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Q&A - How to think about chord shapes

Hi David,

I hope you're well. I'm still practicing and I'm still making progress. It's slow and steady, but I'm seeing meaningful progress that makes just improvising a fulfilling and lovely process.

I switch between using your video course and your book. I'm currently in the section of your book on chord shapes. I was slightly confused about how to understand the different chord shapes in relation to the way we build chords from the major scale. For example, the 3 chord would be notes 3, 5, 7, 2. What I have found hard is to now understand this as a minor chord shape starting on note 1.

Should I be able to think of the 3 chord as 3, 5, 7, 2 and 1, b3, 5, b7 at the same time and be able to switch easily between the two ways of thinking about them? Or having I gotten mixed up in my understanding?

All the best,

David's response:

Hi Ravi,

Your understanding of the chords and chord shapes is exactly correct. You can just think of the chord shapes as an observation about the internal distances within any chord. So in your example of the 3 chord, you are absolutely right that these are notes 3, 5, 7 and 2. And then if you get out your handy tape measure and you start measuring these distances, you'll find that these are notes 1, b3, 5 and b7 relative to the starting note.

Right now you don't need to be in any rush to assimilate this new way of thinking, but you are right that over time you will learn to see the chord both ways. The guitar actually facilitates this process and makes it almost inevitable that you will ultimately learn to see all of this stuff, just because the fretboard itself is so visual.

Here's something you can do right now to start building this skill comfortably and easily. It only takes a minute. Each time you sit down to practice, first pick a chord shape to study (major, dominant, minor or minor b5). Let's say you choose the major chord shape (1, 3, 5, 7). All you need to do is practice playing this chord shape in one single octave on your guitar. That's it. As you do this, just think the numbers to yourself. (So every time you play note 5 you should be aware that it's note 5, for example.)

Now that's an easy example because you're already very familiar with the notes 1, 3, 5 and 7. So maybe tomorrow you work up the courage to take on the dominant shape. These are the notes 1, 3, 5 and b7. Well, if you can play 1, 3, 5 and 7, then you can certainly play 1, 3, 5 and b7. All you have to do is lower the seventh by a half step and you have your b7. So just play this chord shape within one octave, and remember to think about each tonal number as you play the note. (When you play the note b7, you should literally be saying the words "flat seven" to yourself.)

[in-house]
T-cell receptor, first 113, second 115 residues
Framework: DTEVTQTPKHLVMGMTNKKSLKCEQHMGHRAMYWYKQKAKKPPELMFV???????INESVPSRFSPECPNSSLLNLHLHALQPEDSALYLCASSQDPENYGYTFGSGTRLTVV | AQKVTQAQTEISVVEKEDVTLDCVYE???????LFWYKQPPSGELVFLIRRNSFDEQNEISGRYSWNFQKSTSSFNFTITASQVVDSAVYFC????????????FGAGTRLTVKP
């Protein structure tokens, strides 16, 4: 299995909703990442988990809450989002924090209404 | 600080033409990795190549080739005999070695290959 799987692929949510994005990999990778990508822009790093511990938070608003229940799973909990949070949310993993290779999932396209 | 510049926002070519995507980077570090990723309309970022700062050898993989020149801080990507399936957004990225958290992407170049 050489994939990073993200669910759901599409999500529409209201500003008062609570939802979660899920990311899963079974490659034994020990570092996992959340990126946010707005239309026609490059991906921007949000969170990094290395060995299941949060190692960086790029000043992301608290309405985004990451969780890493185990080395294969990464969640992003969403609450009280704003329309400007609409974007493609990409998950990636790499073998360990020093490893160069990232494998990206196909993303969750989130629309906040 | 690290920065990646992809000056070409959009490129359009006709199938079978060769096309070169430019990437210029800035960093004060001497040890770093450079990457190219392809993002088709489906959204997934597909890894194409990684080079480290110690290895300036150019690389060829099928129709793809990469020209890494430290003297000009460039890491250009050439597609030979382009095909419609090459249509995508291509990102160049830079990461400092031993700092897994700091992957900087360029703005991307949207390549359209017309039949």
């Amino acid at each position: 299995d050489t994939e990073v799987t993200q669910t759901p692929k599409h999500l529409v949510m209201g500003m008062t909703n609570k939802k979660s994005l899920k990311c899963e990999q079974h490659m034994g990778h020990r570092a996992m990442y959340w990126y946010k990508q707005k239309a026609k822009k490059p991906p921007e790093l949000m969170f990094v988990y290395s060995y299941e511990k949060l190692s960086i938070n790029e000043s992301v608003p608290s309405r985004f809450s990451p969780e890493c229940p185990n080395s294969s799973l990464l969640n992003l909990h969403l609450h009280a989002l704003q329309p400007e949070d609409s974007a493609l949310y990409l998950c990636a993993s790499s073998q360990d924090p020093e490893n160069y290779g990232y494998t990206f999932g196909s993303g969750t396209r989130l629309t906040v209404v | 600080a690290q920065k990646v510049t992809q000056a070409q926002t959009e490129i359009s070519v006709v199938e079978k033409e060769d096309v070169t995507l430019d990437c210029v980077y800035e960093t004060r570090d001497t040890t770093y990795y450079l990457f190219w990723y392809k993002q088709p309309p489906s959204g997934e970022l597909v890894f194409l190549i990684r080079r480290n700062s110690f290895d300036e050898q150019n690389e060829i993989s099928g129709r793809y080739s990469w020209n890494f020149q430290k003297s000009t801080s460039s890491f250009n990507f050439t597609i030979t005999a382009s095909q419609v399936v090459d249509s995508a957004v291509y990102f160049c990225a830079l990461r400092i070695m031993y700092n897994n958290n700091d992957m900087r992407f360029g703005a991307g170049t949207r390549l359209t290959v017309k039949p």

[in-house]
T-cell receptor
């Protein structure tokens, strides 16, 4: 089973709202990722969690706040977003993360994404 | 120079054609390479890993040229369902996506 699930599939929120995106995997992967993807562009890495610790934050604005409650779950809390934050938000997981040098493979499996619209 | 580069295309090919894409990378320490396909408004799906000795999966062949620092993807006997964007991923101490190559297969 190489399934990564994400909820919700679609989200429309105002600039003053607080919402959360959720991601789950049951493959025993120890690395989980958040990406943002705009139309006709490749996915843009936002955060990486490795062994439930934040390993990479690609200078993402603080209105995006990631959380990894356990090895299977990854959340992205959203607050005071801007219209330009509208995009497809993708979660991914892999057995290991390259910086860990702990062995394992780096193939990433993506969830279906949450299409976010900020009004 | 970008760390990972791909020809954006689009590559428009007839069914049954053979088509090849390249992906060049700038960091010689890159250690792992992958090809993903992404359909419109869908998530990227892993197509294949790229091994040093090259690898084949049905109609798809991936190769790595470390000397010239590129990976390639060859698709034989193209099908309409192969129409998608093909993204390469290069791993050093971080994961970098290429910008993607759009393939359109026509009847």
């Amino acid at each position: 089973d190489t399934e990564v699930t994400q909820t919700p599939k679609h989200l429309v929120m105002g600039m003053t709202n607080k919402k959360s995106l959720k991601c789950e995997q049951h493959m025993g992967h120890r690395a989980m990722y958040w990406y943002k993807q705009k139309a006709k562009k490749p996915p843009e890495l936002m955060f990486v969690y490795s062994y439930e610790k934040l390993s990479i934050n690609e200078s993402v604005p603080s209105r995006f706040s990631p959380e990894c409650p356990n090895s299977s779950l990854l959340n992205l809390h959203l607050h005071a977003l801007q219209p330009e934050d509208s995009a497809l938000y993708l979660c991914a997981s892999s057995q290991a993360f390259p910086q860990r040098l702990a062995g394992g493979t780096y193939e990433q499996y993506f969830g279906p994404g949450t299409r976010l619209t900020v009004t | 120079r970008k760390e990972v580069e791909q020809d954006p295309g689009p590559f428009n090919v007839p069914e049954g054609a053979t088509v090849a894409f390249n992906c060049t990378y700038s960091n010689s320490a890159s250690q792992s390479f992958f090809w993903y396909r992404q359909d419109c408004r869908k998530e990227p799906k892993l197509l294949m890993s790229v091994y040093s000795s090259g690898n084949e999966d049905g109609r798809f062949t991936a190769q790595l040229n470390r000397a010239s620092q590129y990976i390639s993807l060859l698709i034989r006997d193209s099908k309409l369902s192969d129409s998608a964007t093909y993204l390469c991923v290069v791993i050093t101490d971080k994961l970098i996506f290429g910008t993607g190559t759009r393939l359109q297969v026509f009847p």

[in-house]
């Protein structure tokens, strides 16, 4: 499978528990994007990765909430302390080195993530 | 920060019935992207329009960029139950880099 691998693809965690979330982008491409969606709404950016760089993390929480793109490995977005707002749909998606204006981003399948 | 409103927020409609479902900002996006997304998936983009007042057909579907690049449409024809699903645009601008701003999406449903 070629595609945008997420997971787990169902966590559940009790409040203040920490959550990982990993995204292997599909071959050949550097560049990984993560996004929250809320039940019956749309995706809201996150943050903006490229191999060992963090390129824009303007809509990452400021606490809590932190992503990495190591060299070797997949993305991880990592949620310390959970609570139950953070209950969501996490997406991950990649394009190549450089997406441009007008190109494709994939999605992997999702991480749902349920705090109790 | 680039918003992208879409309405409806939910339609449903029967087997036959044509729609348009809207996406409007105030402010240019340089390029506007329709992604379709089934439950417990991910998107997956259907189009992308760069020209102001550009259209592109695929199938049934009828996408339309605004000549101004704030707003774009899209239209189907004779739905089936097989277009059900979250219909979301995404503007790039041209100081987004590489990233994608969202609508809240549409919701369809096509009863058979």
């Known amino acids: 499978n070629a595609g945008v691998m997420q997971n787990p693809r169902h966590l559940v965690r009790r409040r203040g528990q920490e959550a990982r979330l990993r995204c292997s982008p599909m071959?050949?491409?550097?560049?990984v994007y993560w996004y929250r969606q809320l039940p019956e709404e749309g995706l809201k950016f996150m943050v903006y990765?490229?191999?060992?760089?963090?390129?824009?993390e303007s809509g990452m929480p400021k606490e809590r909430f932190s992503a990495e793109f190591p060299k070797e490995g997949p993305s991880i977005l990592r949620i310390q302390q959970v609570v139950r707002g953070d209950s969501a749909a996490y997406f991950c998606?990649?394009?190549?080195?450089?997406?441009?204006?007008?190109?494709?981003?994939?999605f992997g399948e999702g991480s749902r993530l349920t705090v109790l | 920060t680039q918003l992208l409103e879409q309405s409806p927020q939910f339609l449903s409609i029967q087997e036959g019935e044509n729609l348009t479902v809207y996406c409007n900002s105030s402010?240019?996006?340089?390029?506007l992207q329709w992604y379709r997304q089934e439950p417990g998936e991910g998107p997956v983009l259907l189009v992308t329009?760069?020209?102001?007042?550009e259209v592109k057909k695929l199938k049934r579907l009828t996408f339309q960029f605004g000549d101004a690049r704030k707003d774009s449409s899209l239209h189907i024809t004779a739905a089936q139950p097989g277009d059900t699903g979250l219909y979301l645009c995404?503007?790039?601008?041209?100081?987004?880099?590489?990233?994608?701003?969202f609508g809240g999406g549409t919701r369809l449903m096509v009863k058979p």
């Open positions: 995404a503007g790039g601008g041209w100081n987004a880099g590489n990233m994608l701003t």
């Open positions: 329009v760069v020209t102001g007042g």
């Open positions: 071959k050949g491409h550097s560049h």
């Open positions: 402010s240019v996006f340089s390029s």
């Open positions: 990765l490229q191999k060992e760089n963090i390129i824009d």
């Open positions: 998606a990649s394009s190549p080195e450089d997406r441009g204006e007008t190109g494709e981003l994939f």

I think you'll have no trouble doing this, especially if you limit your focus to just one octave. But then what's going to naturally happen is that after about a week or so of doing this simple little warm-up every day, your own desire for variation is going to make you want to go beyond a single octave. So you'll naturally start going into the next octave as well, and before you know it you'll be painting these chord shapes freely across the entire fretboard.

Eventually you will become very familiar with all of the ways that each chord shape can appear on the fretboard. You don't even need to consciously try to notice any of this. It's just going to happen for you automatically, because through playing these chord shapes you're eventually going to get to know what they look like on the fretboard.

Then what's going to happen is that when you go back to playing our tonal chord concepts like the 3 chord (this time thinking to yourself that the notes are 3, 5, 7 and 2), you won't be able to help noticing that this is also a minor seventh chord. It won't even take any effort. You'll just see the shape that your left hand is tracing on the fretboard, and you'll recognize that this is the minor chord shape that you've been learning to build all over the fretboard.

So just try to balance your time between improvising with tonal concepts (like the 3 chord) and improvising with chord shape concepts (like a minor 7th chord). This simple practice of alternating your focus will help you become more aware of the chord shapes that are present in the music you're playing.